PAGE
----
we let the
>>>>>>>>> application manage it, however Lucene will provide the
necessary
>>>>>>>>> hooks
>>>>>>>>> in IndexReader to allow it. The hooks I have in mind
are:
>>>>>>>>>
>>>>>>>>> (1) IndexReader current API for TermDocs, TermEnum, TermPositions
>>>>>>>>> etc.
>>>>>>>>> --
>>>>>>>>> already exists.
>>>>>>>>>
>>>>>>>>> (2) When reopen() is called, Lucene will take care to
call a
>>>>>>>>> Cache.load(IndexReader), so that the application can
pull whatever
>>>>>>>>> information
>>>>>>>>> it needs from the passed-in IndexReader.
>>>>>>>>
>>>>>>>> Would that do anything else than passing the new reader (if
reopened)
>>>>>>>> to the caches load method? I wonder if this is more than
>>>>>>>> If(newReader != oldReader)
>>>>>>>>  Cache.load(newReader)
>>>>>>>>
>>>>>>>> If so something like that should be done on a segment reader
anyway,
>>>>>>>> right? From my perspective this isn't more than a callback
or visitor
>>>>>>>> that should walk though the subreaders and called for each
reopened
>>>>>>>> sub-reader. A cache-warming visitor / callback would then
be trivial
>>>>>>>> and the API would be more general.
>>>>>>>>
>>>>>>>>
>>>>>>>>> So to be more concrete on my proposal, I'd like to support
caching in
>>>>>>>>> the following way (and while I've spent some time thinking
about it,
>>>>>>>>> I'm
>>>>>>>>> sure there are great suggestions to improve it):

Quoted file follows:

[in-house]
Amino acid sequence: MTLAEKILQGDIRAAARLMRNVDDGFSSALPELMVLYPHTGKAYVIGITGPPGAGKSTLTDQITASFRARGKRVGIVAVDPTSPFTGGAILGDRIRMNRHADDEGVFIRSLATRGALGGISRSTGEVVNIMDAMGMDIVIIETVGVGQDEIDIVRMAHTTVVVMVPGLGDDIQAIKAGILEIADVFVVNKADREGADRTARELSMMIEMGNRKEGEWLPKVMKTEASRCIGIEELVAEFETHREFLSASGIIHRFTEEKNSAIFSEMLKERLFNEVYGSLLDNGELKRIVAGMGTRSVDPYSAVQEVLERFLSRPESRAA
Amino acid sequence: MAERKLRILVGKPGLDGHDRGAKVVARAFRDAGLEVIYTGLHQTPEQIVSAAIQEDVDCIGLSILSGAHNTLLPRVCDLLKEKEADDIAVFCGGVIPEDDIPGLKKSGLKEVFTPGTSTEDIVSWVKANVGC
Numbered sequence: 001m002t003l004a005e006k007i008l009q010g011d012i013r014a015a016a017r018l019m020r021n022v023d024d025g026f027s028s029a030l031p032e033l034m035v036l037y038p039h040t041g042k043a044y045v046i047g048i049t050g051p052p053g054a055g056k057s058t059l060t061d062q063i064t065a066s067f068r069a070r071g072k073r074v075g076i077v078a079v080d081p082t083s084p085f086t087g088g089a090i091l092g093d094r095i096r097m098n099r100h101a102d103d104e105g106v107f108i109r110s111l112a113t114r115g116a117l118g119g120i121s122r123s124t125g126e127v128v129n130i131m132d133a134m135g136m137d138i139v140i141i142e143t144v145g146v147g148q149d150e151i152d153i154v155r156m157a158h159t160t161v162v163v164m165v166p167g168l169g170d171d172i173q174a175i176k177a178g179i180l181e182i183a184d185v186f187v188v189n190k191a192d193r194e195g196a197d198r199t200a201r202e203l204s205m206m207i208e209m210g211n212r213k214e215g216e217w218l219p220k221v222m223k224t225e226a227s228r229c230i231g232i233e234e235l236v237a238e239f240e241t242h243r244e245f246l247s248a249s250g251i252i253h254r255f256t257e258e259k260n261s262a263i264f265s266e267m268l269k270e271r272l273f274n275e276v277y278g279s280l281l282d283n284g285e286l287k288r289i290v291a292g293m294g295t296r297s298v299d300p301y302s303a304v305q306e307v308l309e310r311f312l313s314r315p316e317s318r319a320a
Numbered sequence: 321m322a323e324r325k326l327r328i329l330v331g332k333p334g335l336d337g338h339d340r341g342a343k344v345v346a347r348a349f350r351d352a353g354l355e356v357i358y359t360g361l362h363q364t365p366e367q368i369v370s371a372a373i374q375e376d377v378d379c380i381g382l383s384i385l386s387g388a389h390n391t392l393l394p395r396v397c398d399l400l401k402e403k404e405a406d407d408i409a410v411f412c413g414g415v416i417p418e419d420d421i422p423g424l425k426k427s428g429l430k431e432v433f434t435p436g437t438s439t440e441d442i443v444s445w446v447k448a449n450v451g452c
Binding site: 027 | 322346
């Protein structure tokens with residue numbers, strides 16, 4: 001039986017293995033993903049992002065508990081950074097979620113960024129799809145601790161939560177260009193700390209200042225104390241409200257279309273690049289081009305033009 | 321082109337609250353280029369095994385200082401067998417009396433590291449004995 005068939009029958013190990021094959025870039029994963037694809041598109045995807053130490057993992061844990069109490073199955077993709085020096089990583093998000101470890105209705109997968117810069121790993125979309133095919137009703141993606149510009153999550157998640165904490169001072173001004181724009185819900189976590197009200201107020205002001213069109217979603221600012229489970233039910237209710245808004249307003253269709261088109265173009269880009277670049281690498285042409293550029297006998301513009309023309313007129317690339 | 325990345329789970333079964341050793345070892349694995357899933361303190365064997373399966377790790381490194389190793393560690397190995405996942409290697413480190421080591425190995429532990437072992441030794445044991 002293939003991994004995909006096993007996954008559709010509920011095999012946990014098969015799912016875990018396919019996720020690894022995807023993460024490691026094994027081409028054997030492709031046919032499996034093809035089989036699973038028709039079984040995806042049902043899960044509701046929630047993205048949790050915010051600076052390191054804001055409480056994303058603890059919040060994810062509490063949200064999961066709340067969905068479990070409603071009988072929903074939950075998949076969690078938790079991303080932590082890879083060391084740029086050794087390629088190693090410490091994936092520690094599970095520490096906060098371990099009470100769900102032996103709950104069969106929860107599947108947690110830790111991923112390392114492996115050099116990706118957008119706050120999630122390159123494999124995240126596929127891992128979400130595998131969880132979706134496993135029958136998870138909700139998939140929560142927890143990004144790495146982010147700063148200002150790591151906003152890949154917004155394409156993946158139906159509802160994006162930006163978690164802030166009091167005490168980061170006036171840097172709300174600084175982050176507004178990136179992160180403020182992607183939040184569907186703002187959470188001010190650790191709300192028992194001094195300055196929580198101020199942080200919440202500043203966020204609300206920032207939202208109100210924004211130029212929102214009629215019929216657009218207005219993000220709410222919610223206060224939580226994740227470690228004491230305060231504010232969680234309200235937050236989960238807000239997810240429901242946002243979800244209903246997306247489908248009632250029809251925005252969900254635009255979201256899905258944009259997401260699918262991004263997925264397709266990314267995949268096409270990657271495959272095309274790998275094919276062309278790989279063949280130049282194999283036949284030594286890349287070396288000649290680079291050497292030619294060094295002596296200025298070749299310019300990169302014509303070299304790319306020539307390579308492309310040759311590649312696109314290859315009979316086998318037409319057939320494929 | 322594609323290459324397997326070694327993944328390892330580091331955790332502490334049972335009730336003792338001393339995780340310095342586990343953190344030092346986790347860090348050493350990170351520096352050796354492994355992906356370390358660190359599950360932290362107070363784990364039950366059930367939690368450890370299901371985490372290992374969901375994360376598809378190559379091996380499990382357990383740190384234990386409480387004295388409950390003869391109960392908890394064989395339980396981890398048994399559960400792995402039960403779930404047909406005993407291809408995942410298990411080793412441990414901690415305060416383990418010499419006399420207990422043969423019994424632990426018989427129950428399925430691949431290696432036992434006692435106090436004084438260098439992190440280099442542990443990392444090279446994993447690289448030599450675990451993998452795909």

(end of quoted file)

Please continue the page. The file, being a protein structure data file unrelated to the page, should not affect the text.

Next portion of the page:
>>>>>>>>>
>>>>>>>>> * Application provides a CacheFactory to IndexReader.open/reopen,
>>>>>>>>> which
>>>>>>>>> exposes some very simple API, such as createCache, or
>>>>>>>>> initCache(IndexReader) etc. Something which returns a
Cache object,
>>>>>>>>> which does not have very strict/concrete API.
>>>>>>>>
>>>>>>>> My first question would be why the reader should know about
Cache if
>>>>>>>> there is no strict / concrete API?
>>>>>>>> I can follow you with the CacheFactory to create cache objects
but why
>>>>>>>> would the reader have to know / "receive" this object? Maybe
this is
>>>>>>>> answered further down the path but I don't see the reason
why the
>>>>>>>> notion of a "cache" must exist within open/reopen or if that
could be
>>>>>>>> implemented in a more general "cache" - agnostic way.
>>>>>>>>>
>>>>>>>>> * IndexReader, most probably at the SegmentReader level
uses
>>>>>>>>> CacheFactory to create a new Cache instance and calls
its